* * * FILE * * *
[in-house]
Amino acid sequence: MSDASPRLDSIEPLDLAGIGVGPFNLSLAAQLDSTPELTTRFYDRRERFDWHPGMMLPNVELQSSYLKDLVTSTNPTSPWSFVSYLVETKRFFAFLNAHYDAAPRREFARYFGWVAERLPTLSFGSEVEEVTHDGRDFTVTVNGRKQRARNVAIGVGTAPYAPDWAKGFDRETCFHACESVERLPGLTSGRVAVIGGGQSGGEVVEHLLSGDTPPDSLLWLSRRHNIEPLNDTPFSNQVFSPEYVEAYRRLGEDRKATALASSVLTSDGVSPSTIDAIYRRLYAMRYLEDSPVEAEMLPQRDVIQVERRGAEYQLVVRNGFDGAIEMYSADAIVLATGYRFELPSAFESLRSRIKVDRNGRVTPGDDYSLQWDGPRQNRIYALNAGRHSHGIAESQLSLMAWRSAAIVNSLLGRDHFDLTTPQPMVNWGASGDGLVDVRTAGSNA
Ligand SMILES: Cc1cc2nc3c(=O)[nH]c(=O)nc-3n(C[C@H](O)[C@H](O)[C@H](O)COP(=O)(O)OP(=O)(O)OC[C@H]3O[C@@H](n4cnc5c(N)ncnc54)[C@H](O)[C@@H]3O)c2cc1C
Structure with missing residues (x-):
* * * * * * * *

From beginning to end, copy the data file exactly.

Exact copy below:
[in-house]
Amino acid sequence: MSDASPRLDSIEPLDLAGIGVGPFNLSLAAQLDSTPELTTRFYDRRERFDWHPGMMLPNVELQSSYLKDLVTSTNPTSPWSFVSYLVETKRFFAFLNAHYDAAPRREFARYFGWVAERLPTLSFGSEVEEVTHDGRDFTVTVNGRKQRARNVAIGVGTAPYAPDWAKGFDRETCFHACESVERLPGLTSGRVAVIGGGQSGGEVVEHLLSGDTPPDSLLWLSRRHNIEPLNDTPFSNQVFSPEYVEAYRRLGEDRKATALASSVLTSDGVSPSTIDAIYRRLYAMRYLEDSPVEAEMLPQRDVIQVERRGAEYQLVVRNGFDGAIEMYSADAIVLATGYRFELPSAFESLRSRIKVDRNGRVTPGDDYSLQWDGPRQNRIYALNAGRHSHGIAESQLSLMAWRSAAIVNSLLGRDHFDLTTPQPMVNWGASGDGLVDVRTAGSNA
Ligand SMILES: Cc1cc2nc3c(=O)[nH]c(=O)nc-3n(C[C@H](O)[C@H](O)[C@H](O)COP(=O)(O)OP(=O)(O)OC[C@H]3O[C@@H](n4cnc5c(N)ncnc54)[C@H](O)[C@@H]3O)c2cc1C
Structure with missing residues (x-):